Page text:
NSWP Members Consultation Begins!
Lesen Sie diese Ankündigung in Deutsch hier.
The NSWP is consulting with its member groups to develop a consensus statement on sex work, human rights and the law. This consultation will strengthen collaboration across NSWP members and global advocacy.
If you have questions about this consultation, contact Jenn Clamen
Read more below.
• Produce a global consensus statement around sex work, human rights and the law;
• Enhance shared understanding of legal frameworks for sex work;
• Identify what meaningful participation in NSWP means to member groups; and
• Develop a model for future consultation
This consultation will enable NSWP to produce a global consensus statement and a future consultation process that works across differences in language, culture, gender, race, religion, income, health, regional contexts and legal frameworks.
This consultation is limited to NSWP member groups and will inform NSWP policies and positions.
What is a Consensus Statement?
A consensus statement articulates shared understandings. It attempts to find the common ground between us.
Why Create A Consensus Statement?
To strengthen the advocacy work of NSWP through speaking with one voice and including members in NSWP policy development.
What are the 3 Questionnaires about?
1. Legal Frameworks
This first part of the consultation seeks to create a shared understanding of legal frameworks.
NSWP members have different ways of articulating legal frameworks for sex work. This part of the consultation seeks to build a common understanding of the terminology NSWP members use to describe these legal frameworks.
This part of the consultation is not intended to create a global legal framework for sex work. Nor is NSWP seeking consensus on a single legal framework. NSWP hopes to identify where member groups agree on how they oppose the criminalisation of sex work.
The first stage of this consultation took place in Kolkata where various NSWP groups met for one-hour regional meetings to discuss legal frameworks in their countries and priorities around law reform and law enforcement. The questionnaire is drawn from these discussions.
Each group is asked to respond to questions in this part of the consultation. Areas where there is disagreement will be identified for further discussion on member listservs or via Skype teleconference.
2. Human Rights
Here NSWP seeks to develop consensus on measures to protect and respect human rights for sex workers.
The questionnaire focuses on these basic and universal rights:
• The right to associate and organise
• The right to be protected by law
• The right to be free from violence
• The right to be free from discrimination
• The right to health
• The right to freedom of movement and to migrate
• The right to work and choose occupation.
Each right has a series of statements. Members will indicate their agreement with each statement on a scale from strongly agree to strongly disagree.
Statements that receive strong or moderate disagreement will be put forward for more discussion on member listservs or on Skype teleconferences.
Where does the content in the questionnaire come from?
It draws on the “Draft Declaration” written by long time sex worker activist and one of the founders of the NSWP, Cheryl Overs -- it seeks to build consensus on much of its content. It draws on the rights and demands written in documents from over 30 years of sex worker rights activism. The draft declaration was adapted--for the first stage of this consultation in Kolkata--to reflect the themes discussed during the Sex Worker Freedom Festival.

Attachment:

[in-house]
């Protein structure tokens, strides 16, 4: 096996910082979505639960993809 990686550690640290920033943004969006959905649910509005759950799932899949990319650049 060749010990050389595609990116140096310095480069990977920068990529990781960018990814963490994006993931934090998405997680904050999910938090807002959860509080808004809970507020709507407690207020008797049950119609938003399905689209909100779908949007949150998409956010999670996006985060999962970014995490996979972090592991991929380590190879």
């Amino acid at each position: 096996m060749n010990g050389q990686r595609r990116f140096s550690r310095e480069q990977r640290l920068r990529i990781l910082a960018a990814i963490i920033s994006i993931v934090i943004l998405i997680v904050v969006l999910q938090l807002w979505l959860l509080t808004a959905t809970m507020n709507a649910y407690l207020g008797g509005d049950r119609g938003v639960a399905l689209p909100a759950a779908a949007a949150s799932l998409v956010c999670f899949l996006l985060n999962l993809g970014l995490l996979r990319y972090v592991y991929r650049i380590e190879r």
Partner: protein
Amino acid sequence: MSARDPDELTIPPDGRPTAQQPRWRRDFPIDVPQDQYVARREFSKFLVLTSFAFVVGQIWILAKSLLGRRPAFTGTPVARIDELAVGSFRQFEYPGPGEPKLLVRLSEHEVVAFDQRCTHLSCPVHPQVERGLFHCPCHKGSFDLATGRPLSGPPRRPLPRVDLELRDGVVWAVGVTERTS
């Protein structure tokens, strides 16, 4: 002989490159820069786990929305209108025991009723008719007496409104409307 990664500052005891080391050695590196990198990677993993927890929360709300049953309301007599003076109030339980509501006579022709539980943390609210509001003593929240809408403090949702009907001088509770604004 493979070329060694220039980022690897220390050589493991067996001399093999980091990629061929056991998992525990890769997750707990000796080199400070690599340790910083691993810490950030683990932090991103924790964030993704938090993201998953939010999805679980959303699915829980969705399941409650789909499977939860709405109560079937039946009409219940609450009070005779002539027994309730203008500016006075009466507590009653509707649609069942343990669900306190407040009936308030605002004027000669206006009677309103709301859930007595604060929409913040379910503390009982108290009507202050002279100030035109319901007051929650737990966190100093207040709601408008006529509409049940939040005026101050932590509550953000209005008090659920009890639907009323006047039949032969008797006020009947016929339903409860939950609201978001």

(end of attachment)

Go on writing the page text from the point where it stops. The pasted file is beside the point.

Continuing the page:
The draft declaration and this consultation draw from the following documents, written by sex workers and allies:
1. The World Charter on the Rights of Prostitutes; Brussels. 1985
2. The Sex Workers' Manifesto. Kolkata. 1997
3. The Taipei Declaration of Sex Worker’s Human Rights. Taipei. 1998
4. The Durbar Vision. SEX WORKERS, HUMAN RIGHTS. Kolkata 2003
5. Sex Workers: Part of the Solution. Cape Town 2003.
6. Sex Workers in Europe Manifesto. Brussels.
7. Declaration on the Rights of Sex Workers Brussels 2005.
8. Stella, l’amie de Maimie. eXXXpressions: Forum XXX Proceedings, Montreal, Canada, 2006.
9. Sex Workers Human Rights and the Fight Against HIV Montreal 2006
10. The Global Working Group on HIV and Sex Work Policy Draft Reworking of the UNAIDS Guidance Note on HIV and Sex Work. Delhi 2007
11. St. Pauli Protocol. Hamburg April 2008
12. Recommendations of the African Sex Worker Alliance. Pretoria October 2009
13. Wards of the state: Young sex workers' special vulnerability to HIV and AIDS under the law. Vienna 2010
14. The Sex Worker Forum Declaration. 2010
15. Sangram Bill of Rights. Sangli 2010
16. NSWP Smart Guide on Sex Work and HIV: Only Rights Can Stop the Wrongs. Vienna 2010
17. The Pattaya Draft Declaration. Pattaya. October 2010
18. Sex Worker Open University Manifesto London 2010
19. The Kolkata Call to Action, Sex Worker Freedom Festival 2012
3. Meaningful Participation
A third element of the consultation is around meaningful participation.
This part of the consultation asks questions that will help the NSWP develop more effective and responsible ways of consulting with its members, by asking what meaningful participation means to its members. The goal of this exercise is to strengthen NSWP’s capacity to consult its members on a global and regional level.
A Note on Consensus Building:
Consensus building processes are never easy and require us to find workable solutions to diverse realities. Consensus building is a process that encourages participation and ownership. It is a way for NSWP members to recognise differences and find common ground.